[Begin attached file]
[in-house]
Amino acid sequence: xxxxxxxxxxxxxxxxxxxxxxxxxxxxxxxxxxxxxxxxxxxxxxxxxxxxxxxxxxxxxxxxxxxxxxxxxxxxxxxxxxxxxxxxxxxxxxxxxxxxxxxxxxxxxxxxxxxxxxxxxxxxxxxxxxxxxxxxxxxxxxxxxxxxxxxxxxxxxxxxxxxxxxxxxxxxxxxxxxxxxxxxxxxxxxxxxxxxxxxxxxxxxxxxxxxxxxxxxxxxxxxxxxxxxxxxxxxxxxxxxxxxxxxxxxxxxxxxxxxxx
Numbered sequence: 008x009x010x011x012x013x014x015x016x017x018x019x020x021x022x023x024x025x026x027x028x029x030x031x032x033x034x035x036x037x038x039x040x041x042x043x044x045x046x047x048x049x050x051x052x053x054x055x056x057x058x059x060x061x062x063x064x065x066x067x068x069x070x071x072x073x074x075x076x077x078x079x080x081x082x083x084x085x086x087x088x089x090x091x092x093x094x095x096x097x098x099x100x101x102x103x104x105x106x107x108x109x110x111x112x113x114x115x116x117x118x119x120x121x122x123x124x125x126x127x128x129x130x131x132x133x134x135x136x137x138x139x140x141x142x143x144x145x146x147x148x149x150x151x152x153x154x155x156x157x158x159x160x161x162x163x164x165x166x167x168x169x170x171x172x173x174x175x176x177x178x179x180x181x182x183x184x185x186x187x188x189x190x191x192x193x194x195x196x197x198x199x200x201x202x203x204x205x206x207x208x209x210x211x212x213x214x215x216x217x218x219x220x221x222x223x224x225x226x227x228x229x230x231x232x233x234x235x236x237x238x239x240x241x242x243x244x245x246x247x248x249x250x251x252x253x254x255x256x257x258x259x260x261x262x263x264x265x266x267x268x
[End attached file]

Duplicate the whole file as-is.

[in-house]
Amino acid sequence: xxxxxxxxxxxxxxxxxxxxxxxxxxxxxxxxxxxxxxxxxxxxxxxxxxxxxxxxxxxxxxxxxxxxxxxxxxxxxxxxxxxxxxxxxxxxxxxxxxxxxxxxxxxxxxxxxxxxxxxxxxxxxxxxxxxxxxxxxxxxxxxxxxxxxxxxxxxxxxxxxxxxxxxxxxxxxxxxxxxxxxxxxxxxxxxxxxxxxxxxxxxxxxxxxxxxxxxxxxxxxxxxxxxxxxxxxxxxxxxxxxxxxxxxxxxxxxxxxxxxx
Numbered sequence: 008x009x010x011x012x013x014x015x016x017x018x019x020x021x022x023x024x025x026x027x028x029x030x031x032x033x034x035x036x037x038x039x040x041x042x043x044x045x046x047x048x049x050x051x052x053x054x055x056x057x058x059x060x061x062x063x064x065x066x067x068x069x070x071x072x073x074x075x076x077x078x079x080x081x082x083x084x085x086x087x088x089x090x091x092x093x094x095x096x097x098x099x100x101x102x103x104x105x106x107x108x109x110x111x112x113x114x115x116x117x118x119x120x121x122x123x124x125x126x127x128x129x130x131x132x133x134x135x136x137x138x139x140x141x142x143x144x145x146x147x148x149x150x151x152x153x154x155x156x157x158x159x160x161x162x163x164x165x166x167x168x169x170x171x172x173x174x175x176x177x178x179x180x181x182x183x184x185x186x187x188x189x190x191x192x193x194x195x196x197x198x199x200x201x202x203x204x205x206x207x208x209x210x211x212x213x214x215x216x217x218x219x220x221x222x223x224x225x226x227x228x229x230x231x232x233x234x235x236x237x238x239x240x241x242x243x244x245x246x247x248x249x250x251x252x253x254x255x256x257x258x259x260x261x262x263x264x265x266x267x268x